A review of the epidemiology, diagnosis, treatment, vaccines and economic impact of human monkeypox (Mpox) outbreaks

1Musa-Booth, T. O., 2Medugu, N., *2Adegboro, B., and 3Babazhitsu, M.

11928 Woodlawn Drive, Woodlawn, Maryland 21207, United States of America

2Department of Medical Microbiology and Immunology, Nile University of Nigeria, Abuja, Nigeria

3Department of Medical Microbiology and Parasitology, Faculty of Basic Clinical Sciences, College of Health Sciences, Usmanu Danfodiyo University, Sokoto, Nigeria

*Correspondence to: boazadegboro@gmail.com; boaz.adegboro@nileuniversity.edu.ng


The current monkeypox outbreak is a public health emergency of international concern and is coming in the wake of the SARS-CoV-2 pandemic. Human monkeypox is a viral zoonotic infection caused by monkeypox virus, an enveloped double-stranded DNA virus of the genus Orthopoxvirus and family Poxviridae that also contain smallpox, cowpox, Orf, and vaccinia viruses. Online databases including PubMed, Google Scholar and Web of Science were searched to obtain relevant publications on the epidemiology, treatment, vaccines and the economic impacts of the current monkeypox (Mpox) outbreak. Continue reading “A review of the epidemiology, diagnosis, treatment, vaccines and economic impact of human monkeypox (Mpox) outbreaks”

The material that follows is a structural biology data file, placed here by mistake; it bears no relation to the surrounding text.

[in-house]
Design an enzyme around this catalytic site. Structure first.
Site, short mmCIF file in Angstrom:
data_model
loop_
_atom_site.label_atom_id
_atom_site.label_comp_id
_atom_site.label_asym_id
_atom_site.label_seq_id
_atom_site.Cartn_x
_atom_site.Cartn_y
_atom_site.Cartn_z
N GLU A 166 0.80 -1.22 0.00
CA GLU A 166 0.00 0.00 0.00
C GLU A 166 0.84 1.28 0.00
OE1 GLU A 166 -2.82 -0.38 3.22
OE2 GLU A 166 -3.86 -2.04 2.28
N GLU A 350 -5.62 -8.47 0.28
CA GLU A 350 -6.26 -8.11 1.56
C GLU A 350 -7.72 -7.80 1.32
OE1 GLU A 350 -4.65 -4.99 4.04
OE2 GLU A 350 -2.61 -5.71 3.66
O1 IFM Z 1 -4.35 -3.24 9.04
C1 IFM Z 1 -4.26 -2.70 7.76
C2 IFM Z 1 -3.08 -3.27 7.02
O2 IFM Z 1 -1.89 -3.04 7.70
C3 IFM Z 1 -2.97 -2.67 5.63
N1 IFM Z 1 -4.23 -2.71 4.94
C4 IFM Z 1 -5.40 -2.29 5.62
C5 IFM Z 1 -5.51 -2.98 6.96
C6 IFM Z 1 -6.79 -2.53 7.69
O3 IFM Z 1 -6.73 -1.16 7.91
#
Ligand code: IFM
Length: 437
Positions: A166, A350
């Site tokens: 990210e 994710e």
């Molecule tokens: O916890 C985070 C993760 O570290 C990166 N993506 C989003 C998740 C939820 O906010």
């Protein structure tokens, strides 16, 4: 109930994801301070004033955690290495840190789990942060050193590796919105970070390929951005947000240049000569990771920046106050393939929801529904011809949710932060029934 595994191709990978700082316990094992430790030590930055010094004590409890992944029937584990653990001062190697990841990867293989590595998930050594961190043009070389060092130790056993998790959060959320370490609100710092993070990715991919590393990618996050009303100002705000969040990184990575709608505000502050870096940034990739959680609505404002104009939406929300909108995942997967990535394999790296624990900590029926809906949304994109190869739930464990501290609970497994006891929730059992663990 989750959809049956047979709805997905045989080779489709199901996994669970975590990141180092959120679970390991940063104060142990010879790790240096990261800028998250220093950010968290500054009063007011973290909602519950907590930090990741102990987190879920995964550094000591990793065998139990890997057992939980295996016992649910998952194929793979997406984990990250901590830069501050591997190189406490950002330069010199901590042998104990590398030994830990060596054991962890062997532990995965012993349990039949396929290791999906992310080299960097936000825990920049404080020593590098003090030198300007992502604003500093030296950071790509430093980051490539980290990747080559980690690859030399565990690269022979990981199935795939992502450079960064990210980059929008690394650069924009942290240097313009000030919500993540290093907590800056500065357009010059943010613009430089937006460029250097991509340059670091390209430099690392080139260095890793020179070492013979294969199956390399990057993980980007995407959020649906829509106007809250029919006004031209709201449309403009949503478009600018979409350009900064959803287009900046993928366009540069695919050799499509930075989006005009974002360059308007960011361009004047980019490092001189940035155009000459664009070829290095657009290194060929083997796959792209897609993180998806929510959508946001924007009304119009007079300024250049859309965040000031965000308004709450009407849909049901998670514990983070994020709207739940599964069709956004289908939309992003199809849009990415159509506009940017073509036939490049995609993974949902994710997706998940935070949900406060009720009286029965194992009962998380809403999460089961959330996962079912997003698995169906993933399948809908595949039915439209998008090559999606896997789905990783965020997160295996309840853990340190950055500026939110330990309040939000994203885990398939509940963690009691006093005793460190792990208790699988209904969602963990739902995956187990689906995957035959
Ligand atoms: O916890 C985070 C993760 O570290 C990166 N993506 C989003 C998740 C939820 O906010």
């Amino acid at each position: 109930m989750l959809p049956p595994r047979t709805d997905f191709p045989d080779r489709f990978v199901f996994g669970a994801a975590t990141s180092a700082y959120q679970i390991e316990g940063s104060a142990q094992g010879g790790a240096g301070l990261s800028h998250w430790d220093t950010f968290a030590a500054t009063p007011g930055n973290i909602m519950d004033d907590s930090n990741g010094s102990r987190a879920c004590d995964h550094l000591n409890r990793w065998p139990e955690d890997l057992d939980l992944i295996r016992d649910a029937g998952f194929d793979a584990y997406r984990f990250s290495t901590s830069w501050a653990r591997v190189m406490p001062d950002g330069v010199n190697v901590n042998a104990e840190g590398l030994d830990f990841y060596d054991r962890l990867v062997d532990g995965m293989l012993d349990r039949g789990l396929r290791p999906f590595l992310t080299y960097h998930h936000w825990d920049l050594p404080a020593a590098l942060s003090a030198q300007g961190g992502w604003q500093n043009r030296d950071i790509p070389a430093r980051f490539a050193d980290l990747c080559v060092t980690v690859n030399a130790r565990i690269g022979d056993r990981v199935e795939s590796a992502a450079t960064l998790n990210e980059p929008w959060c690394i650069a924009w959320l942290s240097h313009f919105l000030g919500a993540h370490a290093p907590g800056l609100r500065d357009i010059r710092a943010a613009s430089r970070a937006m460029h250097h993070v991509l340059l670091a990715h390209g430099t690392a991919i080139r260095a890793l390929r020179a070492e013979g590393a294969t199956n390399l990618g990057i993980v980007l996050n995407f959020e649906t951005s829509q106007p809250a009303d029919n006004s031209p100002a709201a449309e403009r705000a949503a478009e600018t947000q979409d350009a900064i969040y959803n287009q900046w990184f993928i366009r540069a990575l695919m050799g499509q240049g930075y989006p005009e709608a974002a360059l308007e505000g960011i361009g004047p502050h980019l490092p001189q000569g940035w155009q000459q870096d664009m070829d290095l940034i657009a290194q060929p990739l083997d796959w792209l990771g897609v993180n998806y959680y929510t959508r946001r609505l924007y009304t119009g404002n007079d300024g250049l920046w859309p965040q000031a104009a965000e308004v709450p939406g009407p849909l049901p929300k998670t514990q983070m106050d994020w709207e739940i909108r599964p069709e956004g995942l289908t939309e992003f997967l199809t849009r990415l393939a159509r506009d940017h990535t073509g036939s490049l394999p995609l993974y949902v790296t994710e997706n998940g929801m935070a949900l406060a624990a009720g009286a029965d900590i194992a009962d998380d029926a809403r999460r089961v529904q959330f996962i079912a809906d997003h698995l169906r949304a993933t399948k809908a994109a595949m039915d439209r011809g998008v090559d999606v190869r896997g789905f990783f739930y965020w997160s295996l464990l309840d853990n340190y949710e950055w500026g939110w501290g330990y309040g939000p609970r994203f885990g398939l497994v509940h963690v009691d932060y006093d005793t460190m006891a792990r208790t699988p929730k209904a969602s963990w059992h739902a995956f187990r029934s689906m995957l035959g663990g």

Emergence of nosocomial-acquired extensively drug-resistant  and pandrug-resistant Enterobacterales in a teaching hospital in Kuwait

[1]Chadha, A., 1,2Jamal, W., and *3Rotimi, V. O.

Departments of Microbiology, 1Mubarak Al Kabeer Hospital, 2Faculty of Medicine, Kuwait University, Health Sciences Center, Jabriya, Kuwait                      3Department of Microbiology and Parasitology, Faculty of Basic Clinical Sciences, Lagos State University College of Medicine, Ikeja, Nigeria *Correspondence to: bunmivr@yahoo.com


 Background: The emergence and high ascendancy of infections caused by extensively-drug-resistant (XDR) and pandrug-resistant (PDR) Enterobacterales isolates is a serious clinical and public health challenge. Isolation of PDR Gram-negative bacteria (GNB) in clinical setting is very rare and rarer is the infection caused by XDR GNB. Apart from restricted therapeutic options, these infections are associated with increased mortality and morbidity. Urgent studies to re-evaluate existing therapeutic options and research into new antibiotic molecules are desperately needed. The objectives of this study are to report the emergence of rarely encountered multidrug-resistant (MDR), difficult-to-threat, CRE infections in our hospital and investigate their molecular epidemiology.